Bristol

Amcor jobs 'at risk' due to plans for plain cigarette packs

  • 22 August 2013
  • From the section Bristol
Amcor factory
Image caption Amcor said it is not against the health objectives of the proposals

Workers at a packaging factory in South Gloucestershire claim dozens of jobs will be put at risk if plain packs for cigarettes are introduced.

Staff at Amcor, in Warmley, have signed an open letter to MEPs asking them to reject plans for standard packaging when they vote on the issue next month.

They also believe it will make it easier to make counterfeit packets.

Supporters of plain packs say they will save lives by making smoking less attractive.

'Helping counterfeiters'

Amcor said it is not challenging the health objectives but believes some of the measures are unnecessary,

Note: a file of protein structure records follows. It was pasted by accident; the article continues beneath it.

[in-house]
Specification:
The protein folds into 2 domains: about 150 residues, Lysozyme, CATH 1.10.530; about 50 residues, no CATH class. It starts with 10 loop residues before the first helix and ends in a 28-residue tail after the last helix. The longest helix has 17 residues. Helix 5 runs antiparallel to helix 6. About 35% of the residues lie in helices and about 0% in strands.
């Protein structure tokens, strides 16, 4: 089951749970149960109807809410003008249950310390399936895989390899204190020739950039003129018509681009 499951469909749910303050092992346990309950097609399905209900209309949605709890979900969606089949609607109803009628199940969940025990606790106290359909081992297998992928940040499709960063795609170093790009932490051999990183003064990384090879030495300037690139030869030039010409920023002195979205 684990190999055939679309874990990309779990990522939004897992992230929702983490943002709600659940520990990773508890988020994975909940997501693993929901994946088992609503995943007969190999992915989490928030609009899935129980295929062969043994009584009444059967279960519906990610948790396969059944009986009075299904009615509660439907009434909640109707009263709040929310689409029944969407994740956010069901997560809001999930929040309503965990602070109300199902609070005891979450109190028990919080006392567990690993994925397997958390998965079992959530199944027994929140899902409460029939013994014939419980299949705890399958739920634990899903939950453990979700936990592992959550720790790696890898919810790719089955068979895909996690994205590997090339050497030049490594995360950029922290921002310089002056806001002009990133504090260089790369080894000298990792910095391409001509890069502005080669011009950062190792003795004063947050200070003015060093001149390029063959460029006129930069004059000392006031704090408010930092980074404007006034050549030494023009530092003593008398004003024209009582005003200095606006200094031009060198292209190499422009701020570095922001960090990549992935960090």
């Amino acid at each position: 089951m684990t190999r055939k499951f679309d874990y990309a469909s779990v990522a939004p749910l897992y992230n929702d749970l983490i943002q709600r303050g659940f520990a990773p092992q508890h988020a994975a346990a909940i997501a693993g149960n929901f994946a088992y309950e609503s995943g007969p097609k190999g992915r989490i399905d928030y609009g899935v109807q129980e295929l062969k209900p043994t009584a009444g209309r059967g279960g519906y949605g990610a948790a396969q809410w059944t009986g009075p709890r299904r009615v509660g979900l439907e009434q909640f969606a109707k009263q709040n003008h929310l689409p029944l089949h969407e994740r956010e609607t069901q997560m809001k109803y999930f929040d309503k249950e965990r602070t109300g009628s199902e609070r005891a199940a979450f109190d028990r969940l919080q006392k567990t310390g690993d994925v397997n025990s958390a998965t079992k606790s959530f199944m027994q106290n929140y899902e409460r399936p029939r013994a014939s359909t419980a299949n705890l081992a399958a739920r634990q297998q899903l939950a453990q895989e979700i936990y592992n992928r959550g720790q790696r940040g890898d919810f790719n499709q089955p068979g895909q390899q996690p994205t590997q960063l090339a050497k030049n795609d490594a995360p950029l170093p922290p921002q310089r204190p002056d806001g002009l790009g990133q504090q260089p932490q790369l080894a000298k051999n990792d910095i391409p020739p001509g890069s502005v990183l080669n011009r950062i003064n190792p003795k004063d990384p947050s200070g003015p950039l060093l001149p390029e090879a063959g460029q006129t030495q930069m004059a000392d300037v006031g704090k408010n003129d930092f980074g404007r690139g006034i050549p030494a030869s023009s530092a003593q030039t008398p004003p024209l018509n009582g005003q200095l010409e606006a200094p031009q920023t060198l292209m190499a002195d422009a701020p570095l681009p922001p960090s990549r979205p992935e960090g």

Its Bristol branch manager, David Donoghue, said the company had been in the area since 1873 and employed more than 150 staff.

"I understand what MEPs want to achieve, but as a packaging expert it seems to me to be logical that if you make something simpler and easier to produce it will help counterfeiters and hurt packaging companies like this one.

"Policy should be balanced and avoid an unnecessary impact on jobs," he added.

Last month members of the European Parliament voted to support draft proposals to increase the size of health warnings to 75% and have standardised packaging.

A BMJ Open study which looked at the impact of plain cigarette packs - which was conducted around the time Australia became the first country to introduce them - suggested it made tobacco less appealing and encouraged smokers to quit.

The government was due to introduce plain cigarette packaging in England but this was put on hold while the impact in Australia is assessed.

But pro-smoking group Forest said the study offered "no credible evidence" plain packaging would reduce smoking rates.

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